There is something about snowfall that triggers childlike excitement in most people. Those of us who love walking in the mountains are no different, and the first snow fall of the year means that many of us are packing up our cars and heading off to the hills in search of some snow capped mountain adventure.
Of course winter walking requires a different level of planning and preparation but that’s all part of the fun. Dusting off your under-utilised crampons and ice axe after pulling them out of the loft. Trying to work out which combination of layering systems and down jackets will be best for keeping out the cold. Charting the mountain weather forecasts to see when and where you will get a clear day, and then picking your route. Finally, the most important decision; which hot drink to fill up your flask with – hot blackcurrant is always the winning choice on a cold day as far as I am concerned.
There is a serious element to winter walking and you will need to know your route and any risks involved. Route finding is obviously a lot more problematic when you cannot see the path, and then depending on where you are walking and what the conditions are, then additional winter hazards need to be factored in. Using specialised mountain weather forecasts will give you a good guide to what the conditions are likely to be. In the UK I use MWIS which provides excellent up to date information on walking in Scotland, the Lakes, Dales, and Peak District in England, and Snowdonia and the Brecon Beacons in Wales. However, as long as you are well prepared and know where you are going then you can have wonderful and safe days in the hills.
I live in the north of England and this means that I’m spoilt for choice when it comes to winter walking. I’m less than two hours away from North Wales, the Peak District, and the Yorkshire Dales, but I always lean towards the Lake District and this is where I headed to this weekend after a week’s worth of snow had fallen there.
The Lakes are beautiful all year around but early winter, when the there is still some semblance of autumnal colours on the fells, is a great time to visit. My route would start at the 500 year old Kirkstone Pass Inn before heading up the ridge of St Raven’s Edge to Caudale Moor, then on to Stoney Cove Pike, before dropping down and then back up to Thornthwaite Crag, before my final destination of High Street, and then returning the same way.
On a summer’s day this would be a relatively simple outing; a few hours with only a few up and downs. In winter however, with icy slopes and at least 6-12 inches of snow for most of the route, then this is a much more considerable undertaking. Walking through snow is like walking through sand so after 6 hours of it you start to feel pretty tired!
There are some glorious views on this route. Caudate Moor afforded me a fabulous view of the white capped Hellvellyn range, and then the lower slopes which melted into autumn brown on their way down to Ullswater. In the dip between Stoney Cove Pike and Thornthwaite there was a cloud inversion over Troutbeck and Windermere so that the only sight to the south was the hill of Wansfell popping it’s head through the clouds. On the way back it was possible to see both Windermere to the south and Ullswater to the north from the same spot.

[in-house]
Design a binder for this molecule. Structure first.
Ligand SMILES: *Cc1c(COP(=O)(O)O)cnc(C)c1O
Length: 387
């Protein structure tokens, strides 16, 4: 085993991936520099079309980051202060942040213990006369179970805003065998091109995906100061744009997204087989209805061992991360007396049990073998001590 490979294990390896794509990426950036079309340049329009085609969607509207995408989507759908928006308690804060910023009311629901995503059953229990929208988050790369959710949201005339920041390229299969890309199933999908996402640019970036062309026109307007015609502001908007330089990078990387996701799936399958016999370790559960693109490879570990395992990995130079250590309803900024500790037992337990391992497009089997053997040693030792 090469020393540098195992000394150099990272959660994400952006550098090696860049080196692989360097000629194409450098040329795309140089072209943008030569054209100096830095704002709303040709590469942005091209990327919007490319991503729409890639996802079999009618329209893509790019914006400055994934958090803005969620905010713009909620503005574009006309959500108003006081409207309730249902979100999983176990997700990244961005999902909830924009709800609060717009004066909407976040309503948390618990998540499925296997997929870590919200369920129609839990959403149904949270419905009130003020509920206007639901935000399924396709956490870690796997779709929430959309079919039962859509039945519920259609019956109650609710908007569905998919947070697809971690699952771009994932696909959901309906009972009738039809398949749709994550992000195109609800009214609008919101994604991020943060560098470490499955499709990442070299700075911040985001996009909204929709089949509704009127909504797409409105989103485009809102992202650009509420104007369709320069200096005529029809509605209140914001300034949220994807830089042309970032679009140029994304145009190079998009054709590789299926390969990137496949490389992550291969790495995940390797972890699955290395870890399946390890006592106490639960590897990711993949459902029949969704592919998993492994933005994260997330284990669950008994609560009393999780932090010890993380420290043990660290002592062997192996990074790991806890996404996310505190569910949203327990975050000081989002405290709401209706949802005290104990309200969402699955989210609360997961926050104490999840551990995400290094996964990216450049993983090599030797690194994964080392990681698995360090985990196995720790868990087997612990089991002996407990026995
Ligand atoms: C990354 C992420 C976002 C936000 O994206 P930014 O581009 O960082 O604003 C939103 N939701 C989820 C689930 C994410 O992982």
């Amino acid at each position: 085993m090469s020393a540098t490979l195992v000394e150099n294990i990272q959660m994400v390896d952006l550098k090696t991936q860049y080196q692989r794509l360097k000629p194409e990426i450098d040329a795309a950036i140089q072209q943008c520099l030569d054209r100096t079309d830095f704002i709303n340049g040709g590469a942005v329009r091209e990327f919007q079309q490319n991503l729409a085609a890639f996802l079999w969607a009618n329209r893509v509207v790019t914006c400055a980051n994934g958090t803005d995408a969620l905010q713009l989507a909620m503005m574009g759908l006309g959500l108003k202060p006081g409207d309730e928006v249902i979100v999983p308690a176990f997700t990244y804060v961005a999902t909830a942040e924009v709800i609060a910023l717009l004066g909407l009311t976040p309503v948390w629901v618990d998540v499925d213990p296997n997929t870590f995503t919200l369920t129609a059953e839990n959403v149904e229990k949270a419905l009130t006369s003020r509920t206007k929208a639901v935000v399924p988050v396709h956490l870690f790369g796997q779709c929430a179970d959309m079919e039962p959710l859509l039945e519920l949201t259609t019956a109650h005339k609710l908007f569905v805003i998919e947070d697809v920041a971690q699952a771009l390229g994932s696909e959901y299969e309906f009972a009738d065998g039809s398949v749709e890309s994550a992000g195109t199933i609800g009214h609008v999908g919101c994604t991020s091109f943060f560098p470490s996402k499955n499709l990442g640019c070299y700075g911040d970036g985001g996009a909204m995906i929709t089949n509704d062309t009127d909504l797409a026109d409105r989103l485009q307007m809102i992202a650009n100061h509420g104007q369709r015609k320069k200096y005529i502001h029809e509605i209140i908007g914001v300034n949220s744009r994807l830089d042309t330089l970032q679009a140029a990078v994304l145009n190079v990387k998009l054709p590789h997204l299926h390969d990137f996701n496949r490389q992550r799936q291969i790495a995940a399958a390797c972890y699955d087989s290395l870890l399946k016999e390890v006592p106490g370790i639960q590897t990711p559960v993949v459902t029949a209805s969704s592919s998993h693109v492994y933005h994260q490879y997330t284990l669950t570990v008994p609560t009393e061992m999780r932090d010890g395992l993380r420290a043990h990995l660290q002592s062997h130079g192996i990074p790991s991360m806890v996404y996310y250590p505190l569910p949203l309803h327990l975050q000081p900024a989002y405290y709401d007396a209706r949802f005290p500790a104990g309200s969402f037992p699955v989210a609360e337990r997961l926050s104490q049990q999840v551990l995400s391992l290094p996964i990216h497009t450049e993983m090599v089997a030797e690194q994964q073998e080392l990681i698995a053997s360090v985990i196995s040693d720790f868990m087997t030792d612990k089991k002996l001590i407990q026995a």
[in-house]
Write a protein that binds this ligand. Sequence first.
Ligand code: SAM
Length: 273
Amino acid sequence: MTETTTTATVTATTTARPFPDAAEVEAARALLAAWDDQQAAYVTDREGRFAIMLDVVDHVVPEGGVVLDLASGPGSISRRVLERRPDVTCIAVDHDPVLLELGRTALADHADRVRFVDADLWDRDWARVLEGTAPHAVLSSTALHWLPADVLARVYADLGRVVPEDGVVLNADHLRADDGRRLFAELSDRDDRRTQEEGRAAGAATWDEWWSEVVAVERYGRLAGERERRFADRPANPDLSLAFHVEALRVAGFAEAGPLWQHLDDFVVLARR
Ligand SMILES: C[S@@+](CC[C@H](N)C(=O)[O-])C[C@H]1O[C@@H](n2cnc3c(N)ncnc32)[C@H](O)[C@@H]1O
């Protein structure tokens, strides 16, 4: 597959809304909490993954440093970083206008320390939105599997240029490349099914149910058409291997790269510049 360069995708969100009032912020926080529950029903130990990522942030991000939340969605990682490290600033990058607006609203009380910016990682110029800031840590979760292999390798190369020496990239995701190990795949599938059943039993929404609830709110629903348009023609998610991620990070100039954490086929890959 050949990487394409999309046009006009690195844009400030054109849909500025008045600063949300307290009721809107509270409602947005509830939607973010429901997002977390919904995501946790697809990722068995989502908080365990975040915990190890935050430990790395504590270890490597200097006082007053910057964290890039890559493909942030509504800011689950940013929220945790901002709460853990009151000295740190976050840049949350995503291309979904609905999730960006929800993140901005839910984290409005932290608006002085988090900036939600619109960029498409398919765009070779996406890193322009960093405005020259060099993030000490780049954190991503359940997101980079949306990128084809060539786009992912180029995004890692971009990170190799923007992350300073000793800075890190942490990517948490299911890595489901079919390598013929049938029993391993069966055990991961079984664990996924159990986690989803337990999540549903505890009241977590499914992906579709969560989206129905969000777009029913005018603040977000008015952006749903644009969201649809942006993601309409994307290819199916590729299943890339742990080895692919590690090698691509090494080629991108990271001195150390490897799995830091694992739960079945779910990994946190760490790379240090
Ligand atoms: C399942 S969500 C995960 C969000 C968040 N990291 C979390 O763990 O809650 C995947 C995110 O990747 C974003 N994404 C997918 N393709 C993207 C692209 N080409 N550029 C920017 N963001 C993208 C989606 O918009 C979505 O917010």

Thornthwaite Crag and it’s huge trig point was my refuelling stop and there are great views from here down to Kentmere. The Eastern fells are less visited than the central ranges but are certainly worth the effort. High Street is the largest peak in the area, and this used to be a Roman road that linked forts near Penrith and Ambleside so it’s a very well walked path. There are usually good views from here down to Blea Tarn and Haweswater, but on this day the cloud came in and all I could see was white cloud and white snow when i got there.
The light at winter is different and makes for great photo opportunities, or if you prefer to leave your camera in your bag and keep your fingers warm, you can just walk and soak up the different colours. The shorter days mean that you can reasonably catch both sunrise and sunset in the same walking day, as I did this weekend. Sunset, although brief, can produce a fabulous light show as the white snow turns from blue, to orange, and then to pink. Just make sure that you are in safe distance to the end of your walk if you are there at this time. Walking in the snow, ice, and in the dark is not much fun!
The sounds are different too. Fresh snow absorbs sound waves which means that winter walking can be eerily quiet at times. Plus there are less animals, birds, and indeed people about, although I did see deer prints all through my walk, but of course, no signs of the deer themselves.
As I returned back to Stoney Cove Pike my legs were starting to feel very heavy after some hard route finding and uphill work. My fingers were starting to feel the pinch of the cold and for the first time in the day I was starting to think that there might be somewhere else I’d rather be; in front of a hot fire with a beer started to feel like a much more attractive proposition. And then I saw the sun starting to set and the colours all around me starting to change. As I basked in the glow of the not-so-warm setting winter sun, and took in the changing views all around me, I realised that there was nowhere else I’d rather be and that fire and beer could wait a little longer.